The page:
7. As both an experienced CF programmer and a long time user of WebTrends Live on many on the web sites I work with I can’t even begine to imagine what these reporters are doing execept generating hype for traffic. WebTrends is merely offsite logging of HTTP requests with intelligent analysis of the resulting traffic data. What manager doesn’t want to know how many unique visitors the web site had that day? What is the harm in knowing that 2,000 visitors came from the UK? What, exactly, is so private about a person’s screen resolution settings or which browser they choose to use? I would think this data would assist in developing better web services for our tax dollars. I’ll add that the policy as I read it would permit the use of WebTrends as well since that too does not collect any data which could not be obtained by merely reading a web servers default logs. Irresponsible reporting.

  8. What Declan McCullagh is doing is shilling for the Cato Institute. The point of the article is to be a mouthpiece for the opposition to data-privacy laws – once more, look at who is quoted (PRI == another Libertarian think-tank).
    PRI: "It’s willful ignorance. They’re complete hypocrites. How can they accuse companies of poor data management when they’re not doing it on their own Web sites?"
    Cato: "When it comes to Congress, however, the Cato Institute’s Harper said there is a lesson to learn. "Members of Congress committed themselves to information policies that are unworkable given …"
    The article is Libertarian propaganda. Declan McCullagh is infamous for writing these partisan hatchet-jobs.

  9. Don’t be so quick to decry politics as a motive. Such lack of responsibility is a natural result of a business model that produces financial statements including page visits per day. Anyone remember the original Robocop in which the future of television was all about giving the viewers exactly what they wanted (I’ll buy that for a dollar?) Besides, cnet lost nearly four million last quarter… take it easy, hehe. http://ir.cnetnetworks.com/phoenix.zhtml?c=67325&p=irol-newsArticle&ID=771910&highlight=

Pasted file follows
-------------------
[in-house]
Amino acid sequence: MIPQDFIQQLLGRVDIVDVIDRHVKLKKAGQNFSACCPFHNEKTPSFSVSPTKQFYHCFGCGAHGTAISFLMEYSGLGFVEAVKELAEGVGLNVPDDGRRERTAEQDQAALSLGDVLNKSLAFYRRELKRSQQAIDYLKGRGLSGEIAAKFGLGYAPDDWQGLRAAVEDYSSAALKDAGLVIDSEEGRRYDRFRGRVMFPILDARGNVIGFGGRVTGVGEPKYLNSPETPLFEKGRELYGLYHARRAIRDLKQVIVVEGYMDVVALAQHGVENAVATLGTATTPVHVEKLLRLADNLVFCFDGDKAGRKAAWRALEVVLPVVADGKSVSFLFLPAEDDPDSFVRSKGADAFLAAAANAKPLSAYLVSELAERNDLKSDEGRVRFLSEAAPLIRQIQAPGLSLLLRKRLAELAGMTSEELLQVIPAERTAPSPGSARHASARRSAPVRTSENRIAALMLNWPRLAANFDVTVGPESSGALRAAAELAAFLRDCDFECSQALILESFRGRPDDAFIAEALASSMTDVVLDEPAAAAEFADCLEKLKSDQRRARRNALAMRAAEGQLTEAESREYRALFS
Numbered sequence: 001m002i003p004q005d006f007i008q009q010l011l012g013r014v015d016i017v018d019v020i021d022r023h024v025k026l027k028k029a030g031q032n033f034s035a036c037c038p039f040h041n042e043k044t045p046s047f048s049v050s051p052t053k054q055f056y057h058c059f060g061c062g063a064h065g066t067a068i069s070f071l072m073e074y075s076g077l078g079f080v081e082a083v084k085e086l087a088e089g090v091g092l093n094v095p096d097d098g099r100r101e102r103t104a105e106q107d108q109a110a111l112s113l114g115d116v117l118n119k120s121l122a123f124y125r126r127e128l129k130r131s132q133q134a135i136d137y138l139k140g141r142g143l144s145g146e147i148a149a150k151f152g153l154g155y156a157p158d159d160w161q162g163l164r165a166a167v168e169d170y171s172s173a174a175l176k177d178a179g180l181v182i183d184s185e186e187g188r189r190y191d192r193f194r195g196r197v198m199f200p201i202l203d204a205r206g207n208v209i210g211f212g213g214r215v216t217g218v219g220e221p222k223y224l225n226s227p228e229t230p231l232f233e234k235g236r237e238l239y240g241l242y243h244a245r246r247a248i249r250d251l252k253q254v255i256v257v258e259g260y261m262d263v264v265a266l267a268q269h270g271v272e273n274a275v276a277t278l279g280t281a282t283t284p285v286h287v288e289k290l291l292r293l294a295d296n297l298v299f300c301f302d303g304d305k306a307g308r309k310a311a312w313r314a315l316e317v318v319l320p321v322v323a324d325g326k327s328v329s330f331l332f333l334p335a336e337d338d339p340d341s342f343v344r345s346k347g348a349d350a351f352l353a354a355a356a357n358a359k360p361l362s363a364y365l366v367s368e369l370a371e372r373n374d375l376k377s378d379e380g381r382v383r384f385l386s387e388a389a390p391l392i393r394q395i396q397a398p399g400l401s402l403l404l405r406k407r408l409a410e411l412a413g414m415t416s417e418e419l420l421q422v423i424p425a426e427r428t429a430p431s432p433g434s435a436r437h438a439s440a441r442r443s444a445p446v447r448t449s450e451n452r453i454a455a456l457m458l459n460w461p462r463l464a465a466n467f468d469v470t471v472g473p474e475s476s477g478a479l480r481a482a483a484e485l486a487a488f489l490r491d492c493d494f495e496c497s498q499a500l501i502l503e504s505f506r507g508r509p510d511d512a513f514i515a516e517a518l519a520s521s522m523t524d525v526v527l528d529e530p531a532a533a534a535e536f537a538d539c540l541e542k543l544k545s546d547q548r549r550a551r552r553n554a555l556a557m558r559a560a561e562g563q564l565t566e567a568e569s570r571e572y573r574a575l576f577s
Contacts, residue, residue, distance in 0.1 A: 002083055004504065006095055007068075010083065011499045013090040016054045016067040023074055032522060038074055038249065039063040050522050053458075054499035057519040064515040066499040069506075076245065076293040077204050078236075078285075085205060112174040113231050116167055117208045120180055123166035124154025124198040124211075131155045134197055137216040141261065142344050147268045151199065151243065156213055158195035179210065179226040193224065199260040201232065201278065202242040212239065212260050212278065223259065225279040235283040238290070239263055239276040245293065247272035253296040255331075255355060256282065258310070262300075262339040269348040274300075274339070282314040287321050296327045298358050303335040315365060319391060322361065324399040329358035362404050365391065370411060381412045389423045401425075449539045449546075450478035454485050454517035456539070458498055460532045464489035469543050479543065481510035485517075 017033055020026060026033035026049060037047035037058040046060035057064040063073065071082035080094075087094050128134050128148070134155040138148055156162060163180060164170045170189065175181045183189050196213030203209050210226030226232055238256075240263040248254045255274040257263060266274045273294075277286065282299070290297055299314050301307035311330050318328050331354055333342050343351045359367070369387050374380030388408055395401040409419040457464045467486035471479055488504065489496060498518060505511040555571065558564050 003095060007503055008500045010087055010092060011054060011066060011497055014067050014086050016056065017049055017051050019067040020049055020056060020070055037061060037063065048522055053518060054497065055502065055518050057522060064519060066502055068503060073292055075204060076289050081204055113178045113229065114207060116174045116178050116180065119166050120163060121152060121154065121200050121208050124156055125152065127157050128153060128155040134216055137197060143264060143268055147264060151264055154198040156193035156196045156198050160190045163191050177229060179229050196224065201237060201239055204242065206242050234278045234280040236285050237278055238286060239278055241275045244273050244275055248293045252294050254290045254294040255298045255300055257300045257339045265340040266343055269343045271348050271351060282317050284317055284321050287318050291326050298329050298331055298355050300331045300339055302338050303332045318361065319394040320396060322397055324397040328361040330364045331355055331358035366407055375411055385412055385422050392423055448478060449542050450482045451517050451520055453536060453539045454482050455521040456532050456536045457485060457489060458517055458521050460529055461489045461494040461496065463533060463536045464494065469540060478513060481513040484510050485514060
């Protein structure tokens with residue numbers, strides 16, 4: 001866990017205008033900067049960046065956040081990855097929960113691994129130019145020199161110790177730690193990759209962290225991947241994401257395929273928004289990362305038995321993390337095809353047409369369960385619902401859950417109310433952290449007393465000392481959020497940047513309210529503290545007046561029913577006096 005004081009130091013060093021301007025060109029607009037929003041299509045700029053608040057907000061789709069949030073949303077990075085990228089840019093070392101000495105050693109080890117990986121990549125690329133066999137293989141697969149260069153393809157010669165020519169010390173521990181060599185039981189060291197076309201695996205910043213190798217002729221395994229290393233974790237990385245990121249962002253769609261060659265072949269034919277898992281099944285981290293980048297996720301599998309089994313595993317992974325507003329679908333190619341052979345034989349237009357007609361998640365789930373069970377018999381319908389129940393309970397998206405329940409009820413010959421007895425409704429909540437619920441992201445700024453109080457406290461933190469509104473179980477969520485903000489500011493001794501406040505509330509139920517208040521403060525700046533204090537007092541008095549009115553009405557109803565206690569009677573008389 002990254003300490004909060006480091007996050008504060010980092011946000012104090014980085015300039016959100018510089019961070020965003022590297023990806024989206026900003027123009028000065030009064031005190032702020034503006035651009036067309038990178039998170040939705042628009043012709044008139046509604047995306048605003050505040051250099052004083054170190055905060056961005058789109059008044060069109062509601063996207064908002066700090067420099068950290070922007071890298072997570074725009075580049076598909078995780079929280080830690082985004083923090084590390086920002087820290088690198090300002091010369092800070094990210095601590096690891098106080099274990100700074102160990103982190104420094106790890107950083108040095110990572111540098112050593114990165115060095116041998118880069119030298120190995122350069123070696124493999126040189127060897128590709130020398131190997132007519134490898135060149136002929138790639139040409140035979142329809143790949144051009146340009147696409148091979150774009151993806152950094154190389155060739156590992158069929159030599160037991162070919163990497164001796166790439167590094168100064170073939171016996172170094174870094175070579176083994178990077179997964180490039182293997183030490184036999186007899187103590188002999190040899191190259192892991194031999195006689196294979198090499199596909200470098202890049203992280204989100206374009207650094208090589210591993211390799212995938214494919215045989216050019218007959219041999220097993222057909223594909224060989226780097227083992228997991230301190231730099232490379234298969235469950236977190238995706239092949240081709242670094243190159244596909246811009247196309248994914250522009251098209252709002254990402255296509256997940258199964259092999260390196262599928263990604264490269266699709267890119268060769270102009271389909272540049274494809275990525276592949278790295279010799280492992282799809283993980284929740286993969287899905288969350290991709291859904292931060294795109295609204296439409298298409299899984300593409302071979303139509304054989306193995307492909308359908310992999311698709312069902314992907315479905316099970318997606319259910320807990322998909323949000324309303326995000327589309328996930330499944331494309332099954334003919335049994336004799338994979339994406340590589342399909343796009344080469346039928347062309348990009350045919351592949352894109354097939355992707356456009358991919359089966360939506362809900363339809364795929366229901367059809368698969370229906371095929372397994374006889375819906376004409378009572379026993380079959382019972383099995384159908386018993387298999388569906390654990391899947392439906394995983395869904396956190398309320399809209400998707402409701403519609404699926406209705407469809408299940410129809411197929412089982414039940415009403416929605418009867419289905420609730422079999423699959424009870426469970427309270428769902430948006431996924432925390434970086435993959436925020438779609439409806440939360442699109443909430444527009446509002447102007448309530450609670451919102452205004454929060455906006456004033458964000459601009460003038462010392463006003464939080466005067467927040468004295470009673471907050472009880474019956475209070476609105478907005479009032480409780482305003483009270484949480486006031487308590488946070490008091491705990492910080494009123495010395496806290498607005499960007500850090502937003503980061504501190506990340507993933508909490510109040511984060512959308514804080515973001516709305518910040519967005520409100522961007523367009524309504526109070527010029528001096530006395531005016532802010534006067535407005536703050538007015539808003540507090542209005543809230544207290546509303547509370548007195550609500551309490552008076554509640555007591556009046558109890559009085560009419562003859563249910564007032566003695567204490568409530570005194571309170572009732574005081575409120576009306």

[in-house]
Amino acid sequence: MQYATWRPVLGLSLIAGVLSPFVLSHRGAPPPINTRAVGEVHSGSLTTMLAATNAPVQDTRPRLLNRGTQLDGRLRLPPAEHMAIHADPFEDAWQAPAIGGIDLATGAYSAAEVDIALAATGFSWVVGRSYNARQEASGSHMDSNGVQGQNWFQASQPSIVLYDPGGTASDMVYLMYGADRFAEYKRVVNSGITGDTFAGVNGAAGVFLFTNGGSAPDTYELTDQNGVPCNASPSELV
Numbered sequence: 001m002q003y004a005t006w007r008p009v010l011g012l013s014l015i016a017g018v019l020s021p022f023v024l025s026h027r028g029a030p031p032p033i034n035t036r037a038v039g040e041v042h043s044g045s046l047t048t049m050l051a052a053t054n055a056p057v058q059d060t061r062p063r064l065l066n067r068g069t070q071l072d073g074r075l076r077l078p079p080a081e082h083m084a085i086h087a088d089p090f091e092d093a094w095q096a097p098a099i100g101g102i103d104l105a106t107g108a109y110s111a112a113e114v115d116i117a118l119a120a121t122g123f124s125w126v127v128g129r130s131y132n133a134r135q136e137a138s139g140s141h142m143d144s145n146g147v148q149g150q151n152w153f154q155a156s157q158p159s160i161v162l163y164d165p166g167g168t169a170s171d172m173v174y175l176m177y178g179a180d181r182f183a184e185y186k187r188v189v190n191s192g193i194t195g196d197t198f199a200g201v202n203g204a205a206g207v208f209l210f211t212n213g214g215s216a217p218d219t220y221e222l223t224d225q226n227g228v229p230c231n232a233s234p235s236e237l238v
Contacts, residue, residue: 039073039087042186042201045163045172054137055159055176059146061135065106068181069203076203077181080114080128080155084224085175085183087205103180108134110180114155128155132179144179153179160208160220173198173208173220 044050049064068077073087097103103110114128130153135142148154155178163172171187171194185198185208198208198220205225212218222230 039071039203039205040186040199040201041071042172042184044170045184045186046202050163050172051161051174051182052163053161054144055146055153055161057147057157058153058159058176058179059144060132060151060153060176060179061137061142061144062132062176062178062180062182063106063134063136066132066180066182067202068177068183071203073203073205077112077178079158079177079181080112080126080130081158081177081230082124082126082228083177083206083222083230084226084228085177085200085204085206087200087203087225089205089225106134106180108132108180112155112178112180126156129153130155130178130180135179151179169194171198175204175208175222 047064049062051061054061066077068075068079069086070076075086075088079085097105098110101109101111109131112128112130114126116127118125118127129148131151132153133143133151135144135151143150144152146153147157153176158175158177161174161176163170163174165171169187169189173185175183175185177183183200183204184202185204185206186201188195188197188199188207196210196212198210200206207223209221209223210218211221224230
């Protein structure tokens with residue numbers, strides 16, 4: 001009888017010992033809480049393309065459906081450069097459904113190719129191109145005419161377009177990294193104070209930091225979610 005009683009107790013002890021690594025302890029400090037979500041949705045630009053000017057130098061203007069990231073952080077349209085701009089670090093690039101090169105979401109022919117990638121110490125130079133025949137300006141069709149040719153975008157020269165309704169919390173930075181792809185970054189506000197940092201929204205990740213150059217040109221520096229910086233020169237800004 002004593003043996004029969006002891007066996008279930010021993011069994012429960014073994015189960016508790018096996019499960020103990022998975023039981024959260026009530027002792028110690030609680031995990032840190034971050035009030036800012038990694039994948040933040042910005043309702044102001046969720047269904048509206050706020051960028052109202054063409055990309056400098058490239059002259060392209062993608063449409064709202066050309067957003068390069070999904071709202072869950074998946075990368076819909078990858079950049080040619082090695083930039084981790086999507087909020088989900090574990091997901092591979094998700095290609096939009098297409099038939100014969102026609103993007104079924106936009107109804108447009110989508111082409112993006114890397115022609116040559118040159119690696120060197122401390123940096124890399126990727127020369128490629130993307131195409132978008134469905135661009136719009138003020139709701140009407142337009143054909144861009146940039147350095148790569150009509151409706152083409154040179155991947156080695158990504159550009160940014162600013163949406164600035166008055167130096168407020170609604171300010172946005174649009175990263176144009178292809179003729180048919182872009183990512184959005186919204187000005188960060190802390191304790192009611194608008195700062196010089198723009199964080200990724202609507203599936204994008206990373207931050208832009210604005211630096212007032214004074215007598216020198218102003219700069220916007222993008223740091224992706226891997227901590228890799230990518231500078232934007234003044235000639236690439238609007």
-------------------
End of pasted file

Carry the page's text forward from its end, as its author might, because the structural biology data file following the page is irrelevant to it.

10. Declan’s rantings and accusations on the legality of these persistent cookies and their legality on federal websites often comes down to one simple fact. Declan is exploiting the general publics lack of understanding and fears for his parent company’s monetary gain.
    A real world comparison would be to write an article about how Police Officers who speed. The article would find one or two officers who exceeded the speed limit excessively, perhaps 40 mph. The majority of officers exceeded the speed limit by less than 5 mph. Then the article would infer that the 40 mph and 5 mph are the same, because they are both speeding and both against the law. Then the article would take it a step further and state that since your car has the ability to speed, that too is in violation of the law.
    Declan, you are doing a great disservice to the non-technical community by spreading your sensationalist journalism (I am writing to Declan here because I know his vanity has brought him to this article… GOT YOU DECLAN, YOU ARE SO BUSTED!!!).

  11. It is too bad this pieces of drivle trash got slashdotted, it just isn’t going to die the quiet death it deserves.

Leave a Reply